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Australia-born Les Murray is the author of 23 titles published in Australia and several in the U.S. and England, including The Vernacular Republic (1982), The Daylight Moon (1988), The Rabbiter’s Bounty: Collected Poems (1991), The Boys Who Stole the Funeral Sequence (1991), Dog Fox Field (1992), Translations from the Natural World (1992), Subhuman Redneck Poems (1997), Fredy Neptune: A Novel in Verse (1999), Learning Human (2000) – Griffin Poetry Prize Shortlisted Book in 2001 – and Conscious and Verbal (2001), voted a Notable Book for 2001 by the American Library Association. Selected prose includes The Quality of Sprawl and A Working Forest. His latest book, Bi-Plane Houses, was published in the spring of 2006.

He has won the T.S. Eliot Prize and has been honoured by the Australian government with the Medal of the Order of Australia for his services to literature. He has been elected an Honorary Fellow by the Australian Academy of the Humanities and was awarded the prestigious Queen’s Gold Medal for Poetry in 1998. In addition, he has won numerous National Book Council Awards in Australia, the Australian National Poetry Award, and the Australian Literary Society Gold Medal (1987), among others. He lives on the coast of New South Wales.

The Griffin Trust For Excellence In Poetry is saddened to learn of Les Murray’s passing on April 29, 2019. Among the close to 30 books he published over 40 years, we were honoured to have two of his works grace the 2001 and 2002 Griffin Poetry Prize shortlists. We offer our deepest sympathies to his loved ones.

Conscious and Verbal

Farrar, Straus and Giroux
2002 Shortlist
United States
Shortlisted in:

Judges’ Citation

A generous selection of poems, written over a period of thirty-five years by the preeminent Australian poet of the late twentieth century.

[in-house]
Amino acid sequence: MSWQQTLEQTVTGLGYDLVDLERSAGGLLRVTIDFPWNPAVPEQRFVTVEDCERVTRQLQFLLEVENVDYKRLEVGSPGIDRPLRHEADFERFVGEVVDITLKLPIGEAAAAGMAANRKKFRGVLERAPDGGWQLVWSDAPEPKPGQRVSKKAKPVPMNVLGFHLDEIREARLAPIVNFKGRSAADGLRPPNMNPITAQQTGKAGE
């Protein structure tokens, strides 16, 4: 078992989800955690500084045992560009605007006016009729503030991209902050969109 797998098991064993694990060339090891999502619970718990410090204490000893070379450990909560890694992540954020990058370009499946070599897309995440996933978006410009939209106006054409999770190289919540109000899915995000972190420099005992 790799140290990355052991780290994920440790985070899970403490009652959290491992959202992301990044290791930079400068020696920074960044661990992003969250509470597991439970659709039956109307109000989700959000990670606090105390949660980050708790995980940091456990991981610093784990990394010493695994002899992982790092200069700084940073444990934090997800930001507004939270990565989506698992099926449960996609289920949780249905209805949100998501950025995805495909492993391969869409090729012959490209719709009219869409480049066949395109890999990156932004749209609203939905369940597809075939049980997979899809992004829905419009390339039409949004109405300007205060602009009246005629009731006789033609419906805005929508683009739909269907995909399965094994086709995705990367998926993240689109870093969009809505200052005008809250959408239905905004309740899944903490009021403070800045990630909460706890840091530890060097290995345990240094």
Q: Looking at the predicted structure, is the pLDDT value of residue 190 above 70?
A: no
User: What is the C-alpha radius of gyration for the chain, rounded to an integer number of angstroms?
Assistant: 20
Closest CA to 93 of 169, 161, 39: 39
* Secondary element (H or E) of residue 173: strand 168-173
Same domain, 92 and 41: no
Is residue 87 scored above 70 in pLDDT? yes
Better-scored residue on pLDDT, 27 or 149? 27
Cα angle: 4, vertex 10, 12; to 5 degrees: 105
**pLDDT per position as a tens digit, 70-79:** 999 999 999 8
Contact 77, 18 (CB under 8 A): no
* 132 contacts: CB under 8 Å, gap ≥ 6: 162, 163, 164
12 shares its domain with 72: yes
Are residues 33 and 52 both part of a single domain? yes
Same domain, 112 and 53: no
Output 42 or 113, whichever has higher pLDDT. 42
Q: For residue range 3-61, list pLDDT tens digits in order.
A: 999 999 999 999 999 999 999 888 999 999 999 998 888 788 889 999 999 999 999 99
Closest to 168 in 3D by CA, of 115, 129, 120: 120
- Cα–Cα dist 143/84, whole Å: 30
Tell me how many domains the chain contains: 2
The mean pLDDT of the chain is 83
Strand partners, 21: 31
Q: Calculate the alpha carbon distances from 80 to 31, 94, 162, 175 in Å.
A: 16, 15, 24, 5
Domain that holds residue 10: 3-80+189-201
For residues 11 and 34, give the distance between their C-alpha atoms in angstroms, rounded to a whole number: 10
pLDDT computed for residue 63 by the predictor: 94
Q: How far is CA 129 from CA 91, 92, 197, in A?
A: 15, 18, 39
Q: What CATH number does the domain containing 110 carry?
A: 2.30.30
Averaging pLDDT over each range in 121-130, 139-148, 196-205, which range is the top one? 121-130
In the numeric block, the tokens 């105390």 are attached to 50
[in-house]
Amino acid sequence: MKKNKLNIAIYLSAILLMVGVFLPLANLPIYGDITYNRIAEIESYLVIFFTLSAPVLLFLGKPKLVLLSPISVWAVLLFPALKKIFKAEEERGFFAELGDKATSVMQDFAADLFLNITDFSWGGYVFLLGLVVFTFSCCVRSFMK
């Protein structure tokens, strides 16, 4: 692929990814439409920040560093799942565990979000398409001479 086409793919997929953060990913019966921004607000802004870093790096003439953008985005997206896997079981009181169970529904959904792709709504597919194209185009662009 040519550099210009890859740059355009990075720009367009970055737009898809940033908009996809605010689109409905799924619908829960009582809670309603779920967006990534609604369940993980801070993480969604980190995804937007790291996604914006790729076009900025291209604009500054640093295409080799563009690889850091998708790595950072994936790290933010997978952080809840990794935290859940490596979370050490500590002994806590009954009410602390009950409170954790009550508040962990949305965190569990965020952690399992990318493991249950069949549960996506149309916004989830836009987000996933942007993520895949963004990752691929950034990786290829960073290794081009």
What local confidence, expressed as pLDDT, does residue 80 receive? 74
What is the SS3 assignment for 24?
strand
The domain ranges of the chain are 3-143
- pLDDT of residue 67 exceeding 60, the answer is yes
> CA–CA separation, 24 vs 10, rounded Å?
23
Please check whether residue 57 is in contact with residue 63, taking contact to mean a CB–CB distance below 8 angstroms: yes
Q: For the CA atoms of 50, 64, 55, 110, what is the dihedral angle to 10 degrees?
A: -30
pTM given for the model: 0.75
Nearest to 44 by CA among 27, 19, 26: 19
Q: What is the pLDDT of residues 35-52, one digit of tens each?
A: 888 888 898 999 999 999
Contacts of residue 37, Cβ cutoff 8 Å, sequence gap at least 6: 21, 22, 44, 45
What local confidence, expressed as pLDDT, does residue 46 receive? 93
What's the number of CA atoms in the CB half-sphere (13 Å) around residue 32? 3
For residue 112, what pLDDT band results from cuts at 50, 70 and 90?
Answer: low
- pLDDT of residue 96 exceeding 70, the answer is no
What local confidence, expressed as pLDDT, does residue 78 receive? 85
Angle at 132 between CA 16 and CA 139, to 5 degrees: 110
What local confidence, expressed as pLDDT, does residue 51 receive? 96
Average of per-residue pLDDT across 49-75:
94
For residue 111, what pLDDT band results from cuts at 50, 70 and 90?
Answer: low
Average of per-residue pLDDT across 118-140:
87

A generous selection of poems, written over a period of thirty-five years by the preeminent Australian poet of the late twentieth century. Les Murray has a sure touch with the long leisurely poem, written in panavision and what he celebrates in ‘The Quality of Sprawl!’ ‘Sprawl is doing your farming by aeroplane, roughly, /or driving a hitchhiker that extra hundred miles home.’ Murray is also good on the Polaroid snapshot – of an oyster, for instance, with its ‘bloodless sheep’s eye.’ Whether he’s running a marathon or the hundred meters, Murray gives us beauty and bounty in equal measures.

Judges’ Citation

Conscious and Verbal, the title of the latest book – the eighth in little over a decade – by Les Murray, is taken from a hospital press release, informing Australians that their great national poet, after three weeks at death’s door with sudden catastrophic liver failure, was on the mend.

Conscious and Verbal, the title of the latest book – the eighth in little over a decade – by Les Murray, is taken from a hospital press release, informing Australians that their great national poet, after three weeks at death’s door with sudden catastrophic liver failure, was on the mend. One can hear the deprecating giggle, the understatement, in the phrase once Murray adopted it as a title. It is a typically rich and varied performance. What Murray can do is to write interestingly and characteristically about anything and everything; his imagination is fired by any sort of subject: city and country, staying at home or travelling abroad, memory and history, the present or the future, satire or hymn, culture or nature. Here, as well as the poem of his survival – called ‘travels with John Hunter’ (‘I was sped down a road/ of treetops and fishing-rod lightpoles/ towards the three persons of God/ and the three persons of John Hunter/ Hospital. Who said We might lose this one.’ – calm and witty and inventive, there are poems in Conscious and Verbal on the joys of libraries and swimming pools, on poetry and oysters, and Harley Davidsons. If you had to choose a poet to save your life, you could do worse than choose Les Murray.